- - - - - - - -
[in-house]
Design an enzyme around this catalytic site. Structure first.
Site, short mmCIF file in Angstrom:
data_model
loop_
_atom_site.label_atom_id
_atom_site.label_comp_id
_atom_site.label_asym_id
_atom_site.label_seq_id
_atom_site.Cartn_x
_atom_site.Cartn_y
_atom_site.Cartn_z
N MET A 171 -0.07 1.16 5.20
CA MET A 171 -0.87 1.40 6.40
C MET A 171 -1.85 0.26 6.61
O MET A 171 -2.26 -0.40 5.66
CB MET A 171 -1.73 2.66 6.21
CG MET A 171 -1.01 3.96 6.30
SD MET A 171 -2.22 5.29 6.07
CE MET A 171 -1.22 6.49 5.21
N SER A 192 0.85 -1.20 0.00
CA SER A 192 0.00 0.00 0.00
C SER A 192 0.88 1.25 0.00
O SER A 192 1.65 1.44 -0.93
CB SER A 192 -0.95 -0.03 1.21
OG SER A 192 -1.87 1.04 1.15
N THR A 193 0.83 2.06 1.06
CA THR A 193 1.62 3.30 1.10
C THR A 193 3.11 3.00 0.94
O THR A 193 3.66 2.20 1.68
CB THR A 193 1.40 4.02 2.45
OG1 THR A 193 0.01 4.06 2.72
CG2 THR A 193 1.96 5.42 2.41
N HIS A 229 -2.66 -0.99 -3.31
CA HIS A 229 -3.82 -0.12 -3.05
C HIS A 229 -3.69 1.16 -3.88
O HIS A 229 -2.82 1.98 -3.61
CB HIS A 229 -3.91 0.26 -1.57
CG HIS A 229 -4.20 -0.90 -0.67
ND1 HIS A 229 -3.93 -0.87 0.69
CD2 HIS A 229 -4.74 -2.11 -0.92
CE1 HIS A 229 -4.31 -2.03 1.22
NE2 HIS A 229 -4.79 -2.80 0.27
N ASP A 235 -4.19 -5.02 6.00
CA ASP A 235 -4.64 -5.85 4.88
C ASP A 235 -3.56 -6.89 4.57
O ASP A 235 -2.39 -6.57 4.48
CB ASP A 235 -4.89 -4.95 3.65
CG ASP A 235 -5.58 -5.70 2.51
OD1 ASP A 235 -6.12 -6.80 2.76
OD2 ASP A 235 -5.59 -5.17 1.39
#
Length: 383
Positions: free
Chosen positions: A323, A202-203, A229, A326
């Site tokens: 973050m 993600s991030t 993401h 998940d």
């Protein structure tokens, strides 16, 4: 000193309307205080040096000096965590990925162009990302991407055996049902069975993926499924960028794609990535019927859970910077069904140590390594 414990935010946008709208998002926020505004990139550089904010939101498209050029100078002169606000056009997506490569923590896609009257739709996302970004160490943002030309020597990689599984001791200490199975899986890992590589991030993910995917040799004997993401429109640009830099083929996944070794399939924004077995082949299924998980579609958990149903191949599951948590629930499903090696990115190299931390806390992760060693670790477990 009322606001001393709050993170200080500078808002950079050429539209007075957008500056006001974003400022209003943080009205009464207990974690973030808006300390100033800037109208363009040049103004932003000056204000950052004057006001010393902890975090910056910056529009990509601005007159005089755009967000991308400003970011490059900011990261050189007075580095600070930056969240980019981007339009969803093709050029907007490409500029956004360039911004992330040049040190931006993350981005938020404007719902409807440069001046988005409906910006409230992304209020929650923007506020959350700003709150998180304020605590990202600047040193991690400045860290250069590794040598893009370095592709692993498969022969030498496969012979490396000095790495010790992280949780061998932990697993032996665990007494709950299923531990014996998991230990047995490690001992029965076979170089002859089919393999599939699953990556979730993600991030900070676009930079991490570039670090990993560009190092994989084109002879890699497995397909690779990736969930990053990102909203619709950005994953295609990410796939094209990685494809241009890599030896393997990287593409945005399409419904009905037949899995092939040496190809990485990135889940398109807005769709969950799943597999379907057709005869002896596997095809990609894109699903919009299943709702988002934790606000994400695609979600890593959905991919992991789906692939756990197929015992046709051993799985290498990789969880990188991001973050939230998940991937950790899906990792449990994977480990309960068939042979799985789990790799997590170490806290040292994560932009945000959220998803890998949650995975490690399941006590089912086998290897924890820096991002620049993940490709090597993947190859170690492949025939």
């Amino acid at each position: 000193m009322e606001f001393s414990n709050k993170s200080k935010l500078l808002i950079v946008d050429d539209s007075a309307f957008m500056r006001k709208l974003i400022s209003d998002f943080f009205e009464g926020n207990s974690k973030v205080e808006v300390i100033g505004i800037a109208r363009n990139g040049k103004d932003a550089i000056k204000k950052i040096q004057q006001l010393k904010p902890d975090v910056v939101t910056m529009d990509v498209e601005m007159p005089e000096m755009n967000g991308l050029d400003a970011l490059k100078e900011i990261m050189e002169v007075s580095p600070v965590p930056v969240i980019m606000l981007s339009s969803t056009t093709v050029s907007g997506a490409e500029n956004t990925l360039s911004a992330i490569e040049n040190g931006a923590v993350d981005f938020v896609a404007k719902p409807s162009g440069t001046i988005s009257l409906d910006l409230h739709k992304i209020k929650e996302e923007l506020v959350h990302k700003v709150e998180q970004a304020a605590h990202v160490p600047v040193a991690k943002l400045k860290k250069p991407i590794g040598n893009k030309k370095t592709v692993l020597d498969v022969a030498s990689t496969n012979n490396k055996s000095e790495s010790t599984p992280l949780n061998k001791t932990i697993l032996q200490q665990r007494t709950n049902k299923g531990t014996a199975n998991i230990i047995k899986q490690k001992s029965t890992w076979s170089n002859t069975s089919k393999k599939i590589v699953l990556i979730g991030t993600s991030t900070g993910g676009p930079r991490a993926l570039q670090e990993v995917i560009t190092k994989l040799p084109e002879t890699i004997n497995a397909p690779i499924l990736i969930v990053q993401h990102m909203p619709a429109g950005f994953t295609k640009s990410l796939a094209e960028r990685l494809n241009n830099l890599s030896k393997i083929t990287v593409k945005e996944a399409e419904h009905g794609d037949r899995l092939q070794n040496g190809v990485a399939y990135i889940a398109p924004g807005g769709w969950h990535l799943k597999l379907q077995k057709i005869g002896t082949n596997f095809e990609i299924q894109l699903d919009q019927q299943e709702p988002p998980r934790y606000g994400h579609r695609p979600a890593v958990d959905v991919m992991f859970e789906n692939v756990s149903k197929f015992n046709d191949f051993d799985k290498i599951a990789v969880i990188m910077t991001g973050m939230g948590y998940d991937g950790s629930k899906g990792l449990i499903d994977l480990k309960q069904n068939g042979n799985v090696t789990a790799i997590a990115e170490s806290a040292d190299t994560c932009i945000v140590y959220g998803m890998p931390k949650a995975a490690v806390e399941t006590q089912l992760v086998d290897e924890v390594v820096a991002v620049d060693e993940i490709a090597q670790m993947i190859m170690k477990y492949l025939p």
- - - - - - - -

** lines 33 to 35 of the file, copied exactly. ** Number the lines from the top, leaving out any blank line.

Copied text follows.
CG2 THR A 193 1.96 5.42 2.41
N HIS A 229 -2.66 -0.99 -3.31
CA HIS A 229 -3.82 -0.12 -3.05